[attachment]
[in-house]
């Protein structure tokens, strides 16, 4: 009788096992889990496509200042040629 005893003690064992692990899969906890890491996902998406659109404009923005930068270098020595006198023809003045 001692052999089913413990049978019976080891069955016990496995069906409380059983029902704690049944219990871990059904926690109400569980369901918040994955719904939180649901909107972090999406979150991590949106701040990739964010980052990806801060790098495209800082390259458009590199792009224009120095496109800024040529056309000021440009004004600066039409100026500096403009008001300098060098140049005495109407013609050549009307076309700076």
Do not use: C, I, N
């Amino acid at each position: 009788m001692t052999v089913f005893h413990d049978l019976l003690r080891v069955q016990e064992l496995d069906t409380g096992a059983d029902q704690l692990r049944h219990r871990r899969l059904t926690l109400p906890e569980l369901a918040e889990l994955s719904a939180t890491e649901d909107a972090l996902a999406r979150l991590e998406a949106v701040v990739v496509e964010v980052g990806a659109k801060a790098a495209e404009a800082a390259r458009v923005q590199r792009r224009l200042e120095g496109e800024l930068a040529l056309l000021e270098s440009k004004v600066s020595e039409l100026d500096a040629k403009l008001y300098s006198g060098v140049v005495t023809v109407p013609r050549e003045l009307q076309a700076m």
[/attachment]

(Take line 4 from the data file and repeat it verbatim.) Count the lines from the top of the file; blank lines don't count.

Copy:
């Amino acid at each position: 009788m001692t052999v089913f005893h413990d049978l019976l003690r080891v069955q016990e064992l496995d069906t409380g096992a059983d029902q704690l692990r049944h219990r871990r899969l059904t926690l109400p906890e569980l369901a918040e889990l994955s719904a939180t890491e649901d909107a972090l996902a999406r979150l991590e998406a949106v701040v990739v496509e964010v980052g990806a659109k801060a790098a495209e404009a800082a390259r458009v923005q590199r792009r224009l200042e120095g496109e800024l930068a040529l056309l000021e270098s440009k004004v600066s020595e039409l100026d500096a040629k403009l008001y300098s006198g060098v140049v005495t023809v109407p013609r050549e003045l009307q076309a700076m």